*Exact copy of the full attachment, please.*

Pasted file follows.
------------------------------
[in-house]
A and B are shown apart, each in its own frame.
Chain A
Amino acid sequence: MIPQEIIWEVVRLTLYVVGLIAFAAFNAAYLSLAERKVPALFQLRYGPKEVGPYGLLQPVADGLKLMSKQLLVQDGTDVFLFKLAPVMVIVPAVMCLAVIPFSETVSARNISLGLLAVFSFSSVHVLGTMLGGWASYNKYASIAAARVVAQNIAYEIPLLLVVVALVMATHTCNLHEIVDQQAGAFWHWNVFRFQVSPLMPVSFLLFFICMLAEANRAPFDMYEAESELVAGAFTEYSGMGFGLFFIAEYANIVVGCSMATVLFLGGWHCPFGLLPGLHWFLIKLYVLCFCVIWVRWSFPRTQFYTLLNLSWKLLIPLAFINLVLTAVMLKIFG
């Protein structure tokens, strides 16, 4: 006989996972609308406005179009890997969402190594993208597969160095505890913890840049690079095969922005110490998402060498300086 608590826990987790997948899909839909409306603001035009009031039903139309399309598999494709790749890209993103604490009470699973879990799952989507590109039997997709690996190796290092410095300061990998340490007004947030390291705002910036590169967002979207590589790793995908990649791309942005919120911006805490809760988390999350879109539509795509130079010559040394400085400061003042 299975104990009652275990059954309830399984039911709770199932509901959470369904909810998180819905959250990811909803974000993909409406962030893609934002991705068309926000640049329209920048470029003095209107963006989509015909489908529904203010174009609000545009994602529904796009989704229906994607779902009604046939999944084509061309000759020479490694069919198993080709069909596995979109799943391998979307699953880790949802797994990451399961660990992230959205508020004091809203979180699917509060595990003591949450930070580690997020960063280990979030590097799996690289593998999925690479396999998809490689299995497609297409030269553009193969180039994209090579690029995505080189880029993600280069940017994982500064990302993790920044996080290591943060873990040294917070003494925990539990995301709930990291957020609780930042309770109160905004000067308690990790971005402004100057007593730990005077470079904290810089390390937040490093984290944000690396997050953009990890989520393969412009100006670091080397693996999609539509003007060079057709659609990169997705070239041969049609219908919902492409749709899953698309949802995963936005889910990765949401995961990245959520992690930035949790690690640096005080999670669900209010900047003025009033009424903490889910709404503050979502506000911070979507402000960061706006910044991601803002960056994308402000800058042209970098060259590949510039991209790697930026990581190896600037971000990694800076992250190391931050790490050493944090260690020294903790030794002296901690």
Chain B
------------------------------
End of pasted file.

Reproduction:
[in-house]
A and B are shown apart, each in its own frame.
Chain A
Amino acid sequence: MIPQEIIWEVVRLTLYVVGLIAFAAFNAAYLSLAERKVPALFQLRYGPKEVGPYGLLQPVADGLKLMSKQLLVQDGTDVFLFKLAPVMVIVPAVMCLAVIPFSETVSARNISLGLLAVFSFSSVHVLGTMLGGWASYNKYASIAAARVVAQNIAYEIPLLLVVVALVMATHTCNLHEIVDQQAGAFWHWNVFRFQVSPLMPVSFLLFFICMLAEANRAPFDMYEAESELVAGAFTEYSGMGFGLFFIAEYANIVVGCSMATVLFLGGWHCPFGLLPGLHWFLIKLYVLCFCVIWVRWSFPRTQFYTLLNLSWKLLIPLAFINLVLTAVMLKIFG
């Protein structure tokens, strides 16, 4: 006989996972609308406005179009890997969402190594993208597969160095505890913890840049690079095969922005110490998402060498300086 608590826990987790997948899909839909409306603001035009009031039903139309399309598999494709790749890209993103604490009470699973879990799952989507590109039997997709690996190796290092410095300061990998340490007004947030390291705002910036590169967002979207590589790793995908990649791309942005919120911006805490809760988390999350879109539509795509130079010559040394400085400061003042 299975104990009652275990059954309830399984039911709770199932509901959470369904909810998180819905959250990811909803974000993909409406962030893609934002991705068309926000640049329209920048470029003095209107963006989509015909489908529904203010174009609000545009994602529904796009989704229906994607779902009604046939999944084509061309000759020479490694069919198993080709069909596995979109799943391998979307699953880790949802797994990451399961660990992230959205508020004091809203979180699917509060595990003591949450930070580690997020960063280990979030590097799996690289593998999925690479396999998809490689299995497609297409030269553009193969180039994209090579690029995505080189880029993600280069940017994982500064990302993790920044996080290591943060873990040294917070003494925990539990995301709930990291957020609780930042309770109160905004000067308690990790971005402004100057007593730990005077470079904290810089390390937040490093984290944000690396997050953009990890989520393969412009100006670091080397693996999609539509003007060079057709659609990169997705070239041969049609219908919902492409749709899953698309949802995963936005889910990765949401995961990245959520992690930035949790690690640096005080999670669900209010900047003025009033009424903490889910709404503050979502506000911070979507402000960061706006910044991601803002960056994308402000800058042209970098060259590949510039991209790697930026990581190896600037971000990694800076992250190391931050790490050493944090260690020294903790030794002296901690």
Chain B